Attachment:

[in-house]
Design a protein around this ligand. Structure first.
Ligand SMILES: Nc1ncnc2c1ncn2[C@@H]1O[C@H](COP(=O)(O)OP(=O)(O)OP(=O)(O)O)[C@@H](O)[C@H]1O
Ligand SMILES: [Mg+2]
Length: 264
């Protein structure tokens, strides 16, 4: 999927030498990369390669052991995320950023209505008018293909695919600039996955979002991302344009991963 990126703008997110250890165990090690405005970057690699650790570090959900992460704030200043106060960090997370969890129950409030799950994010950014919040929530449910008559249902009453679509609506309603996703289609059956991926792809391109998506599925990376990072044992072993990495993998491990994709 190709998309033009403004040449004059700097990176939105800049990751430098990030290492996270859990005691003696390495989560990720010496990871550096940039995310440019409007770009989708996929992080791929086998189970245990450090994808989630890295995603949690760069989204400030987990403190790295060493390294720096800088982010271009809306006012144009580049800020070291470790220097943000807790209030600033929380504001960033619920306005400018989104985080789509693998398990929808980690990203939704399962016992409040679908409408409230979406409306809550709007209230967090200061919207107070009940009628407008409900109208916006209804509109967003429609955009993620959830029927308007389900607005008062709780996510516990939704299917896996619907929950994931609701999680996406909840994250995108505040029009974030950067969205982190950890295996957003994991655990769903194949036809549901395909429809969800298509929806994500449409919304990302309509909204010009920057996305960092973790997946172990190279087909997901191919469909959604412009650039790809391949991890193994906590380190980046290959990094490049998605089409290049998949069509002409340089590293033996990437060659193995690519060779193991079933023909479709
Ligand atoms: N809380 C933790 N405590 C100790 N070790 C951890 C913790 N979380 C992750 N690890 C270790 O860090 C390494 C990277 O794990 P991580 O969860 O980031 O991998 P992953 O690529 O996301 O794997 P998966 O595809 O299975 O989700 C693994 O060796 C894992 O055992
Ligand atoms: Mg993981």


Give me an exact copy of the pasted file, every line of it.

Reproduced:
[in-house]
Design a protein around this ligand. Structure first.
Ligand SMILES: Nc1ncnc2c1ncn2[C@@H]1O[C@H](COP(=O)(O)OP(=O)(O)OP(=O)(O)O)[C@@H](O)[C@H]1O
Ligand SMILES: [Mg+2]
Length: 264
């Protein structure tokens, strides 16, 4: 999927030498990369390669052991995320950023209505008018293909695919600039996955979002991302344009991963 990126703008997110250890165990090690405005970057690699650790570090959900992460704030200043106060960090997370969890129950409030799950994010950014919040929530449910008559249902009453679509609506309603996703289609059956991926792809391109998506599925990376990072044992072993990495993998491990994709 190709998309033009403004040449004059700097990176939105800049990751430098990030290492996270859990005691003696390495989560990720010496990871550096940039995310440019409007770009989708996929992080791929086998189970245990450090994808989630890295995603949690760069989204400030987990403190790295060493390294720096800088982010271009809306006012144009580049800020070291470790220097943000807790209030600033929380504001960033619920306005400018989104985080789509693998398990929808980690990203939704399962016992409040679908409408409230979406409306809550709007209230967090200061919207107070009940009628407008409900109208916006209804509109967003429609955009993620959830029927308007389900607005008062709780996510516990939704299917896996619907929950994931609701999680996406909840994250995108505040029009974030950067969205982190950890295996957003994991655990769903194949036809549901395909429809969800298509929806994500449409919304990302309509909204010009920057996305960092973790997946172990190279087909997901191919469909959604412009650039790809391949991890193994906590380190980046290959990094490049998605089409290049998949069509002409340089590293033996990437060659193995690519060779193991079933023909479709
Ligand atoms: N809380 C933790 N405590 C100790 N070790 C951890 C913790 N979380 C992750 N690890 C270790 O860090 C390494 C990277 O794990 P991580 O969860 O980031 O991998 P992953 O690529 O996301 O794997 P998966 O595809 O299975 O989700 C693994 O060796 C894992 O055992
Ligand atoms: Mg993981």